Continuing our walk around Liverpool, with the help of trusty guidebook Georgian Liverpool: A Guide to the City in 1797, we visited The Exchange, or Town Hall (above). If you compare the photograph to the guidebook illustration (below) you can see that the outside looks pretty similar to the original Exchange and Town Hall, designed by John Wood of Bath and constructed between 1749 and 1820, though it lacks the dome, which wasn't completed until 1802.
Yet if you go inside, as we did, you'll find a comparatively modern interior. As Dr Moss tells us, the interior was destroyed by fire in 1795 (the council chamber and ballroom were later damaged in the Blitz), yet he recalls some fascinating details about the Georgian original:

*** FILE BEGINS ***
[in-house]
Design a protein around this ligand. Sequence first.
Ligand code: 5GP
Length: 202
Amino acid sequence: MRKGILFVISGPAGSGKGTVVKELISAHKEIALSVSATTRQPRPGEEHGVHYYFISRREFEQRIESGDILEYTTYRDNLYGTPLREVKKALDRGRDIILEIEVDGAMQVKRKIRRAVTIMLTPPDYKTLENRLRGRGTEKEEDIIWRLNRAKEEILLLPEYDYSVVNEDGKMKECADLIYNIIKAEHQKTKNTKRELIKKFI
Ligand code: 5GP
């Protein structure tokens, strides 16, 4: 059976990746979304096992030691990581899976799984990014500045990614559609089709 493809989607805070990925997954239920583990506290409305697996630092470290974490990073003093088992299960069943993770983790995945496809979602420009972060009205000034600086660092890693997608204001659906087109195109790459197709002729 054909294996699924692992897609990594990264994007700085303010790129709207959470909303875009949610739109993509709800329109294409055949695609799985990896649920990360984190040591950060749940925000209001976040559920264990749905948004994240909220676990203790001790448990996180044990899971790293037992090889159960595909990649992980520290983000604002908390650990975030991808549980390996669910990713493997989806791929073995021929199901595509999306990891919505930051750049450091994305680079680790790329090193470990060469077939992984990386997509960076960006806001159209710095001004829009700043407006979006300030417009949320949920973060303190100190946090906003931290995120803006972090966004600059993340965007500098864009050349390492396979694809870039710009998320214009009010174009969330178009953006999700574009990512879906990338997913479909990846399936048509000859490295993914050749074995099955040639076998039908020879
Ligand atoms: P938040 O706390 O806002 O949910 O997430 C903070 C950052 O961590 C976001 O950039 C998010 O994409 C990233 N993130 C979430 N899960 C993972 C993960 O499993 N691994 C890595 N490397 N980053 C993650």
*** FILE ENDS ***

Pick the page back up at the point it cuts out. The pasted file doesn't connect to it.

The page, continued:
The whole of the original Exchange was appropriated to a ball and supper, given to the principal inhabitants by the corporation, on his Majesty's [George III's] recovery [supposedly from madness], in April, 1789. All the lower area was formed into a supper room; superbly illuminated with pillars and festoons of lamps, in the central parts: the walls enlivened by transparent emblematic painting; and eight hundred well dressed persons, of both sexes, sat commodiously down together to as elegant a supper as art could devise and taste display.
These days the Entrance Hall is decorated by grand-looking frescoes from 1909, and there's a Flemish wooden fireplace from 1893; the warmth we were glad of, since the weather was freezing! After a look through the various display cases and a view of the Superlambanana in Mayoral robes, it was time for a Georgian refreshment break.
Above: Burning of the Town Hall (Liverpool, January 18th 1795) tinted stone lithograph by W.G.Herdman, published in Pictorial Relics of Ancient Liverpool, 1843.
Source: Ancestry Images.
Photographs © Memoirs of the Celebrated Mrs Woffington.
Coming next... Ye Hole in Ye Wall.